OHS Code Explanation Guide

Published Date: July 01, 2009
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Part 4 Chemical Hazards, Biological Hazards and Harmful Substances

Section 43 Medical monitoring for lead

If it is reasonably likely that a worker could receive significant exposure to lead, the employer must ensure that blood lead level testing is available to the worker and the worker is informed of the availability of the blood lead test. Significant exposure to lead can occur during work at firing ranges, radiator shops and electronic recycling facilities. The purpose of the health assessment is to provide a baseline measure of the worker’s health and should include a health history, physical examination and blood lead testing.

When hiring a worker, it is the employer’s responsibility to require the worker to have a health assessment and it should be also offered to all workers involved in work that may result in elevated blood lead levels. Yearly testing is recommended.

Measuring the concentration of lead in the blood is one way of determining the amount of lead in the body from all exposures. It is the best available measure of recent lead absorption. Blood lead levels should be less than 1.5 micromoles per litre. A worker with a blood level of 2.5 micromoles per litre or greater or symptoms diagnosed as a result of lead exposure is considered to have lead poisoning. The physician performing the testing should explain the results of blood lead testing to the worker. The Director of Medical Services must be notified if a worker has a blood level of 2.5 micromoles per litre or greater. For more information refer to the Safety Bulletin shown below.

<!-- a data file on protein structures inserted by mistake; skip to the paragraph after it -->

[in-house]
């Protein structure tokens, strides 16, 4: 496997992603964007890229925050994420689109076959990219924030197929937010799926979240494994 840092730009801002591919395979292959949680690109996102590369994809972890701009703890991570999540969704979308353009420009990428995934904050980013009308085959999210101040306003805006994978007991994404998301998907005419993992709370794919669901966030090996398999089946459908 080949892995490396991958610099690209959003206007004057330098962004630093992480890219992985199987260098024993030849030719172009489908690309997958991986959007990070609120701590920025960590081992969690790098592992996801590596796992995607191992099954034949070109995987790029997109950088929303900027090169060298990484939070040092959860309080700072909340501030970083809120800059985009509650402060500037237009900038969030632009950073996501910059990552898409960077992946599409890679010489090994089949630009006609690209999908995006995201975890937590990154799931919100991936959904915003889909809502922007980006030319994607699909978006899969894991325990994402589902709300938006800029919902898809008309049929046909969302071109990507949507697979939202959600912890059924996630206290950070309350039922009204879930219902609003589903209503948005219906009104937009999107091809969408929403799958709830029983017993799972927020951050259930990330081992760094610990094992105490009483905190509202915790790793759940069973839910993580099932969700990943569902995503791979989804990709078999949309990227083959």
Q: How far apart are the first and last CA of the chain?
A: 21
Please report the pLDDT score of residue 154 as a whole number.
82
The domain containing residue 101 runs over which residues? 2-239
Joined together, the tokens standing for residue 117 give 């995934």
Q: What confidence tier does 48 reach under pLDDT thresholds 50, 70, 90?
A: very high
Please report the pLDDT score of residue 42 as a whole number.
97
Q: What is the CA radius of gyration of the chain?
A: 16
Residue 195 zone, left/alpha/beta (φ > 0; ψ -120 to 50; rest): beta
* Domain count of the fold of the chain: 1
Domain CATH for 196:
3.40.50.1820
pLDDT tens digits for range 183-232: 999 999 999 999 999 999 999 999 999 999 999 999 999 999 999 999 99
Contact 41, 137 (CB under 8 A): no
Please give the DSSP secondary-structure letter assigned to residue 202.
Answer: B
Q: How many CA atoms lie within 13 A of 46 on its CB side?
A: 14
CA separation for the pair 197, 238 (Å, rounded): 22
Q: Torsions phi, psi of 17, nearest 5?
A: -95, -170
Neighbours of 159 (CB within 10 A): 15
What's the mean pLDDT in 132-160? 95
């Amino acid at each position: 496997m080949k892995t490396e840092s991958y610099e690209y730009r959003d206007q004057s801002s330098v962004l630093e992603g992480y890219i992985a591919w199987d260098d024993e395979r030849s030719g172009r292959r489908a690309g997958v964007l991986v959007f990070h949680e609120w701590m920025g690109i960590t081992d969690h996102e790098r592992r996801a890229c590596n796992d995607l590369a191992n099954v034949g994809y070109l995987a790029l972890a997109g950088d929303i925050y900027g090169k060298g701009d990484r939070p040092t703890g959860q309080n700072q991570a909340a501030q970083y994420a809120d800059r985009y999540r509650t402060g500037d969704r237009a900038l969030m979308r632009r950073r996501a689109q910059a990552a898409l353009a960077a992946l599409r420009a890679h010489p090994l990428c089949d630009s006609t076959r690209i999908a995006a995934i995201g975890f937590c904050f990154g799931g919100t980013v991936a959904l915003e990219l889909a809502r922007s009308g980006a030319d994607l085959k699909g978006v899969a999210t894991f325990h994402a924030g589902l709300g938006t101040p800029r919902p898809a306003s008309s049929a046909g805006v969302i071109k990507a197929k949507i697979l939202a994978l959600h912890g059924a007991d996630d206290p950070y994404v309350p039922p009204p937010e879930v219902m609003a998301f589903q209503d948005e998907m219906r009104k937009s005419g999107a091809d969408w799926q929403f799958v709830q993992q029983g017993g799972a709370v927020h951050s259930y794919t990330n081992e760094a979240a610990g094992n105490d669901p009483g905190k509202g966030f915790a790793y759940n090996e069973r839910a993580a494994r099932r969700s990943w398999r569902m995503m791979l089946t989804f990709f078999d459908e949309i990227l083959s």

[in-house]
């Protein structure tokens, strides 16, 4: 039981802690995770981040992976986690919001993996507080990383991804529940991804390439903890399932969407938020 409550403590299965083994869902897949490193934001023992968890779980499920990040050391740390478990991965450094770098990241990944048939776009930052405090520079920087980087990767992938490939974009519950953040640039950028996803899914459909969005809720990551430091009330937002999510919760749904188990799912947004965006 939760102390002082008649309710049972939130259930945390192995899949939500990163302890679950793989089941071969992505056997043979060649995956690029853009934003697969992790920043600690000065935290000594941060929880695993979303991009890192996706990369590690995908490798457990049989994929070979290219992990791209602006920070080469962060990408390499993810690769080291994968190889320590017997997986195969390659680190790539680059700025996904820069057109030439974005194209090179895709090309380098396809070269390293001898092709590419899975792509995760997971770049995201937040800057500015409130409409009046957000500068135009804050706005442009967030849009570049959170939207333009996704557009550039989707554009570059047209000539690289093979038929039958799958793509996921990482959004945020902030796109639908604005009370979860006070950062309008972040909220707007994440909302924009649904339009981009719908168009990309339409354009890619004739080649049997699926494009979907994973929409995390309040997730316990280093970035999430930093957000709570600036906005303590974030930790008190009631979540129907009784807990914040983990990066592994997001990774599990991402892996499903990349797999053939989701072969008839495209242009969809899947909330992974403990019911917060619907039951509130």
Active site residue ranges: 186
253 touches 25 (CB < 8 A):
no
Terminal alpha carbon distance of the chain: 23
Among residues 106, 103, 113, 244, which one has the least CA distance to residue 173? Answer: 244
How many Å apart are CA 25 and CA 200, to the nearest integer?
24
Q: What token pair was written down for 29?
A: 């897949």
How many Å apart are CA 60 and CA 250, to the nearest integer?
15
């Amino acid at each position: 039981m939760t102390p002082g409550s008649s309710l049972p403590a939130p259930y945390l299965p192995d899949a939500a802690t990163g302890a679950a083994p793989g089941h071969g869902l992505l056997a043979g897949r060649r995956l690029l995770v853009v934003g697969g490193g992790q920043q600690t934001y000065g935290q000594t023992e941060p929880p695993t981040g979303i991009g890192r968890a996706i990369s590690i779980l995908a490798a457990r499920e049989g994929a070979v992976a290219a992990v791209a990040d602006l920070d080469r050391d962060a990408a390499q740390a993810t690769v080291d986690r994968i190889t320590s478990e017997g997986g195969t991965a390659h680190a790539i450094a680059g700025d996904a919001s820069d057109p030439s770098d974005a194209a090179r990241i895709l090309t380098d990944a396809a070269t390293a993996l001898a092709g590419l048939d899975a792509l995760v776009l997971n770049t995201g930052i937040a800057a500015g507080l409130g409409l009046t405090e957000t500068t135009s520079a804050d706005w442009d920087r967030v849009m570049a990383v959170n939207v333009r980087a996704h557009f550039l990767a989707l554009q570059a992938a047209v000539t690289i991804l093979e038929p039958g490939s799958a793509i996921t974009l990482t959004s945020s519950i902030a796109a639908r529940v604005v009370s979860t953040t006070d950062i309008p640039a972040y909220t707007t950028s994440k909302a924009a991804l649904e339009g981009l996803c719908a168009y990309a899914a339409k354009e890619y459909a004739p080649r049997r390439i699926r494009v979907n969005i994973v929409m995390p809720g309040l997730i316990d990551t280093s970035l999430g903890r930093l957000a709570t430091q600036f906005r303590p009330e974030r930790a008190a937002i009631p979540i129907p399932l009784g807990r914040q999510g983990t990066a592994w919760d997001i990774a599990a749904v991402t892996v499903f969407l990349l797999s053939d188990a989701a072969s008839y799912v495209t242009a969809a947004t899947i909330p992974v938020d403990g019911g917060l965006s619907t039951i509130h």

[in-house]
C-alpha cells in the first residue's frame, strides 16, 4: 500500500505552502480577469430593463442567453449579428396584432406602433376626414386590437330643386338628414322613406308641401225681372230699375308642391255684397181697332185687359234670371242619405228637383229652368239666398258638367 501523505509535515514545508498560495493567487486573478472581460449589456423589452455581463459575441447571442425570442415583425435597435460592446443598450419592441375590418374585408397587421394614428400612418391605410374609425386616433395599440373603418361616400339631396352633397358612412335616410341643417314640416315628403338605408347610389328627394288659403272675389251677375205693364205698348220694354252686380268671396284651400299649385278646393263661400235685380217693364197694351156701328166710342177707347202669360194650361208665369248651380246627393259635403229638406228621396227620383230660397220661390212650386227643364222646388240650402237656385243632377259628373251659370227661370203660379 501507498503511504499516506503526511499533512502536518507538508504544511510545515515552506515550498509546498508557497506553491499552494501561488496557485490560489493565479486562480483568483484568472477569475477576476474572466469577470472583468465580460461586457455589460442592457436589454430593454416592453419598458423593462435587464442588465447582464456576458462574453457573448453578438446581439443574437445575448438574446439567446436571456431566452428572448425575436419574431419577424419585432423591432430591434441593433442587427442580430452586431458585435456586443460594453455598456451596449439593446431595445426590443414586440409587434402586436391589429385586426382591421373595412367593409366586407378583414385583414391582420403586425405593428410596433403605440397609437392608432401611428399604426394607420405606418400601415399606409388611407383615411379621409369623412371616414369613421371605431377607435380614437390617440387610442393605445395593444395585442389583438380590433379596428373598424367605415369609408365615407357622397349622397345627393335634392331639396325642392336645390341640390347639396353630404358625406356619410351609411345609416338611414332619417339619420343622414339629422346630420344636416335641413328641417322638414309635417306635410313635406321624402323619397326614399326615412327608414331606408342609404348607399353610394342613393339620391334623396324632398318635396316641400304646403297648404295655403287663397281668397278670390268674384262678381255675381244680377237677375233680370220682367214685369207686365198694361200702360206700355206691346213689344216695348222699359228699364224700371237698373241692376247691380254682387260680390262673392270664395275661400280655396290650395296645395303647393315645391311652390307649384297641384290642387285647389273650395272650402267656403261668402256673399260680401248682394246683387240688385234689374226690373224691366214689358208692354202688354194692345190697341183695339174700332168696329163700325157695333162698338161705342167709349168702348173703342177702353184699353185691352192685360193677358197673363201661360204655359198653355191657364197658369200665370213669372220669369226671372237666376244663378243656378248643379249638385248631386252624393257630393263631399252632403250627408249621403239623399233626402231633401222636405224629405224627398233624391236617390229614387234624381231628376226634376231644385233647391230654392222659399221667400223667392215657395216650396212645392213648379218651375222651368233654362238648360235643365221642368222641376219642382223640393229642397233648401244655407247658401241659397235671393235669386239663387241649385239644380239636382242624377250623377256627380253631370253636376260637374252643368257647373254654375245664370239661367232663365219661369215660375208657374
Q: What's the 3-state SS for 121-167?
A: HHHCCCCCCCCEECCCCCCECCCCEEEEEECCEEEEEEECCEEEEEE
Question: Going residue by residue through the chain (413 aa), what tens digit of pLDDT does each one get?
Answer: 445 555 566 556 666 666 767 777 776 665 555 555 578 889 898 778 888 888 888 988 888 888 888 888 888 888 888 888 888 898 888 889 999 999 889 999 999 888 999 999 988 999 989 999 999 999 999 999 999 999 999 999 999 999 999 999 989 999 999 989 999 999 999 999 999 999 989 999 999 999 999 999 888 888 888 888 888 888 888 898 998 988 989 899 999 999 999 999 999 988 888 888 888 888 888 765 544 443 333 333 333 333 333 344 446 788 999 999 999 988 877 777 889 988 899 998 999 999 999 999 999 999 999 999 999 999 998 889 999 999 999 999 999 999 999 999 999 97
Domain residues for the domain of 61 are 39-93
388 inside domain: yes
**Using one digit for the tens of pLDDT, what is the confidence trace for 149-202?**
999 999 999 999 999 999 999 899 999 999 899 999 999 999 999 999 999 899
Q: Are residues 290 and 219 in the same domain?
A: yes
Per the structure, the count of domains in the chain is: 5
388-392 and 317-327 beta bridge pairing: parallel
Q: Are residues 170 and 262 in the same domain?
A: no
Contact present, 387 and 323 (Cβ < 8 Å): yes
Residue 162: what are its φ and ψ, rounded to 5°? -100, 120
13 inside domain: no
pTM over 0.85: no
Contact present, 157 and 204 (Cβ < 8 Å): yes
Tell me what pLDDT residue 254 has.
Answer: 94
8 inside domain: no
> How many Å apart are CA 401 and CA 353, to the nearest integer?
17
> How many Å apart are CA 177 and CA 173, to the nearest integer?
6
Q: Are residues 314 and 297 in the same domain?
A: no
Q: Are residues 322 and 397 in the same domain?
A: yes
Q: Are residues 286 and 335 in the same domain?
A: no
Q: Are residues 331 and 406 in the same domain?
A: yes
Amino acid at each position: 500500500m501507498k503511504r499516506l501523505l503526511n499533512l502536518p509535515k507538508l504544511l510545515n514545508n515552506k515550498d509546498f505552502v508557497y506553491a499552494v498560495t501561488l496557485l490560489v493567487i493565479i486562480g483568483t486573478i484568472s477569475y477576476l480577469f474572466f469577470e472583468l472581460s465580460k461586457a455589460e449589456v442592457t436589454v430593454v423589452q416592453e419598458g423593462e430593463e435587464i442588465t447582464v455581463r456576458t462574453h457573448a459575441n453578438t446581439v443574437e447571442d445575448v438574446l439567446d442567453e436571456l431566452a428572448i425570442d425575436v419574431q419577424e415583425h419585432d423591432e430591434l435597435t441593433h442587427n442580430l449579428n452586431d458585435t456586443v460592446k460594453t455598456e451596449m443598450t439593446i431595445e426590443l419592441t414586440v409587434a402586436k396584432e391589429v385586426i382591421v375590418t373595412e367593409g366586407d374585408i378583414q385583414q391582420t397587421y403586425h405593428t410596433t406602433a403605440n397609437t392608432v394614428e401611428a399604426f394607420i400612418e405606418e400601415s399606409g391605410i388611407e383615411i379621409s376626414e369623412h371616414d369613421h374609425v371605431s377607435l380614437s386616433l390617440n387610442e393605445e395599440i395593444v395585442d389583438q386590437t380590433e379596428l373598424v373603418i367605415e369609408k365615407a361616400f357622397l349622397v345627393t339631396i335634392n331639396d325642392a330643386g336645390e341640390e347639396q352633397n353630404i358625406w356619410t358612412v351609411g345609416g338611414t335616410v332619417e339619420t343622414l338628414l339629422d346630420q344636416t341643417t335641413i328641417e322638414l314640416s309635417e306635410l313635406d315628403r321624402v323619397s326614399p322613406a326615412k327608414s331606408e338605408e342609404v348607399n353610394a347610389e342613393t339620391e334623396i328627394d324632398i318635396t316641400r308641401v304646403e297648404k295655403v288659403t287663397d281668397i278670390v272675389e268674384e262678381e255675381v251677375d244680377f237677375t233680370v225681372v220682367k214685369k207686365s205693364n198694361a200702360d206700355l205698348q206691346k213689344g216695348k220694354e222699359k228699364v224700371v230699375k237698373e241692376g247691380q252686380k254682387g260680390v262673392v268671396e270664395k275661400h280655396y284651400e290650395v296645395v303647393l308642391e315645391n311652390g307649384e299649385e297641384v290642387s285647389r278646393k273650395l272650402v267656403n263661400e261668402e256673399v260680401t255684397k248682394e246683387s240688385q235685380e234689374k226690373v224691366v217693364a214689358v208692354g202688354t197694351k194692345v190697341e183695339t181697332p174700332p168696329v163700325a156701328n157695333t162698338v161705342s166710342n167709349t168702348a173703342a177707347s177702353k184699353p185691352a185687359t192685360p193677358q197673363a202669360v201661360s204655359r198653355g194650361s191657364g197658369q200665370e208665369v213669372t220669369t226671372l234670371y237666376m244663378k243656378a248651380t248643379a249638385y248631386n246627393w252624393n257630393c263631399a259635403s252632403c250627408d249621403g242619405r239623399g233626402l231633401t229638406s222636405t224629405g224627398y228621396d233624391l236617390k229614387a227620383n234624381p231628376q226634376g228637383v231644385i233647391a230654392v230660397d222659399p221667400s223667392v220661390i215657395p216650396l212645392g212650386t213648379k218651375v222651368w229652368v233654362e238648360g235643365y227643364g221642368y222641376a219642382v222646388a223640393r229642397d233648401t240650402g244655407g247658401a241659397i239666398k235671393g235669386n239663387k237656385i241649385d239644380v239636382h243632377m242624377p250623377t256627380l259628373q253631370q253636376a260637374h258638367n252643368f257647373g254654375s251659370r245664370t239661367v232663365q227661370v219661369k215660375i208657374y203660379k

For more information
Notifiable Occupational Diseases – Information for Physicians
Bulletin MG030

Where the worker has lead poisoning, Alberta Human Services occupational health and safety officers, under the direction of the Director of Medical Services, can order the employer to remove the worker from further lead exposure. The Director of Medical Services is a staff member of Alberta Human Services, appointed by the Minister under section 5 of the OHS Act.

Female workers of childbearing age who are considering becoming pregnant should be monitored to safeguard the fetus from the harmful effects of lead. The blood lead level should be kept below 0.5 micromoles per litre to protect the fetus.

The employer is responsible for paying the cost of the health assessment and ensuring that an accredited laboratory conducts the analyses of blood lead tests.